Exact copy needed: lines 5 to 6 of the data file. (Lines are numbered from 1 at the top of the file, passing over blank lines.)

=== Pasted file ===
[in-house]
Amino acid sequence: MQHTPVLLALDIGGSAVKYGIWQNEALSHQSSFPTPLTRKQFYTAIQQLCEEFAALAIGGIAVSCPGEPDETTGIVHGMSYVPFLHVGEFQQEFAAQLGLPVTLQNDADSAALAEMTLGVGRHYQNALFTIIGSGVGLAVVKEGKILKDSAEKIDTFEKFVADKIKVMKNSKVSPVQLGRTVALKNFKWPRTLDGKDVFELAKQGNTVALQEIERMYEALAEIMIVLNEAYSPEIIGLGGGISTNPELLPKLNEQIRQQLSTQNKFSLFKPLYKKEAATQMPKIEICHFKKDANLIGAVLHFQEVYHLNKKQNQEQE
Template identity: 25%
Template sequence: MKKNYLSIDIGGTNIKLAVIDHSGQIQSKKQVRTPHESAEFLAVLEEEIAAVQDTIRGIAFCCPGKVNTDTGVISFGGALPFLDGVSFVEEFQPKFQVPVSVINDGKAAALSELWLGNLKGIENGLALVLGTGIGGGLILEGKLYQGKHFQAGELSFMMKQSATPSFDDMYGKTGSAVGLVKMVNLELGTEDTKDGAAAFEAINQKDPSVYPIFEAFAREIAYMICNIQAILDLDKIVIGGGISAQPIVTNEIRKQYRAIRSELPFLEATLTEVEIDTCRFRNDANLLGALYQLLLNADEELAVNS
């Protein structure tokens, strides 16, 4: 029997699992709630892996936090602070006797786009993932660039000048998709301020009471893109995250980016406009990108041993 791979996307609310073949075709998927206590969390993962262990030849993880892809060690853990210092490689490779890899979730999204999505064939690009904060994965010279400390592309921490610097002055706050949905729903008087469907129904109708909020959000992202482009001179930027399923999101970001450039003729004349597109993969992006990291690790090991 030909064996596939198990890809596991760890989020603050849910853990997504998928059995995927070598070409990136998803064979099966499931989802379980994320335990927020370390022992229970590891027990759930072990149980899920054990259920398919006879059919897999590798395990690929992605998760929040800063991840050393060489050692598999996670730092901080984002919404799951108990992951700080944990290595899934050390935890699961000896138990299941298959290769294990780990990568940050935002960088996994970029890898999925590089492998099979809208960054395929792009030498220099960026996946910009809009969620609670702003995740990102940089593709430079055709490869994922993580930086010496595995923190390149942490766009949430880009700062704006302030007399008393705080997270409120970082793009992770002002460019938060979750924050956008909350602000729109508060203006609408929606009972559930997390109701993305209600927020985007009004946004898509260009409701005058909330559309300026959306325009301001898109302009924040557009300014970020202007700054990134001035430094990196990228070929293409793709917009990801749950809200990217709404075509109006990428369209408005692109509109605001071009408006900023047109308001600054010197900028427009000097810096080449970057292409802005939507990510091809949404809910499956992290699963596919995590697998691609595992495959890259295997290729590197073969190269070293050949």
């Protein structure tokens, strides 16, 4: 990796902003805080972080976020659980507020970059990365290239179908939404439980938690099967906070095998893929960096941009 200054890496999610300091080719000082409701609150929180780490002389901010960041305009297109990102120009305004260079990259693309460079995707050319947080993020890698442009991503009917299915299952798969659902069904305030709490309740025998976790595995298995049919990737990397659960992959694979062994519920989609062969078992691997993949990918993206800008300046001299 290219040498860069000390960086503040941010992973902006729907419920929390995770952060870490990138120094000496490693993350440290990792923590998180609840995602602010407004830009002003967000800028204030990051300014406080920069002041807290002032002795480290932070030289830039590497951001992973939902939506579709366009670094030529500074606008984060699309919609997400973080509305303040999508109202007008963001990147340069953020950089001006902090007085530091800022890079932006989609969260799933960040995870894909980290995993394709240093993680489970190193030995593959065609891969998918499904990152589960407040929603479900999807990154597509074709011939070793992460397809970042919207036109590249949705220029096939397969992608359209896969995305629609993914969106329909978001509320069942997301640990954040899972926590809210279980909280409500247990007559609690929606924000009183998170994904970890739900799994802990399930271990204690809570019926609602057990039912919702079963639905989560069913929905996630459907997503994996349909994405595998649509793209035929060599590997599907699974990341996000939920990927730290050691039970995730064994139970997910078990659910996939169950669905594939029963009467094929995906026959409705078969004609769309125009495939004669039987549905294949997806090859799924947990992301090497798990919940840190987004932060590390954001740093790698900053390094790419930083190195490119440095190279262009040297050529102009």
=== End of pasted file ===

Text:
């Protein structure tokens, strides 16, 4: 029997699992709630892996936090602070006797786009993932660039000048998709301020009471893109995250980016406009990108041993 791979996307609310073949075709998927206590969390993962262990030849993880892809060690853990210092490689490779890899979730999204999505064939690009904060994965010279400390592309921490610097002055706050949905729903008087469907129904109708909020959000992202482009001179930027399923999101970001450039003729004349597109993969992006990291690790090991 030909064996596939198990890809596991760890989020603050849910853990997504998928059995995927070598070409990136998803064979099966499931989802379980994320335990927020370390022992229970590891027990759930072990149980899920054990259920398919006879059919897999590798395990690929992605998760929040800063991840050393060489050692598999996670730092901080984002919404799951108990992951700080944990290595899934050390935890699961000896138990299941298959290769294990780990990568940050935002960088996994970029890898999925590089492998099979809208960054395929792009030498220099960026996946910009809009969620609670702003995740990102940089593709430079055709490869994922993580930086010496595995923190390149942490766009949430880009700062704006302030007399008393705080997270409120970082793009992770002002460019938060979750924050956008909350602000729109508060203006609408929606009972559930997390109701993305209600927020985007009004946004898509260009409701005058909330559309300026959306325009301001898109302009924040557009300014970020202007700054990134001035430094990196990228070929293409793709917009990801749950809200990217709404075509109006990428369209408005692109509109605001071009408006900023047109308001600054010197900028427009000097810096080449970057292409802005939507990510091809949404809910499956992290699963596919995590697998691609595992495959890259295997290729590197073969190269070293050949």
């Protein structure tokens, strides 16, 4: 990796902003805080972080976020659980507020970059990365290239179908939404439980938690099967906070095998893929960096941009 200054890496999610300091080719000082409701609150929180780490002389901010960041305009297109990102120009305004260079990259693309460079995707050319947080993020890698442009991503009917299915299952798969659902069904305030709490309740025998976790595995298995049919990737990397659960992959694979062994519920989609062969078992691997993949990918993206800008300046001299 290219040498860069000390960086503040941010992973902006729907419920929390995770952060870490990138120094000496490693993350440290990792923590998180609840995602602010407004830009002003967000800028204030990051300014406080920069002041807290002032002795480290932070030289830039590497951001992973939902939506579709366009670094030529500074606008984060699309919609997400973080509305303040999508109202007008963001990147340069953020950089001006902090007085530091800022890079932006989609969260799933960040995870894909980290995993394709240093993680489970190193030995593959065609891969998918499904990152589960407040929603479900999807990154597509074709011939070793992460397809970042919207036109590249949705220029096939397969992608359209896969995305629609993914969106329909978001509320069942997301640990954040899972926590809210279980909280409500247990007559609690929606924000009183998170994904970890739900799994802990399930271990204690809570019926609602057990039912919702079963639905989560069913929905996630459907997503994996349909994405595998649509793209035929060599590997599907699974990341996000939920990927730290050691039970995730064994139970997910078990659910996939169950669905594939029963009467094929995906026959409705078969004609769309125009495939004669039987549905294949997806090859799924947990992301090497798990919940840190987004932060590390954001740093790698900053390094790419930083190195490119440095190279262009040297050529102009």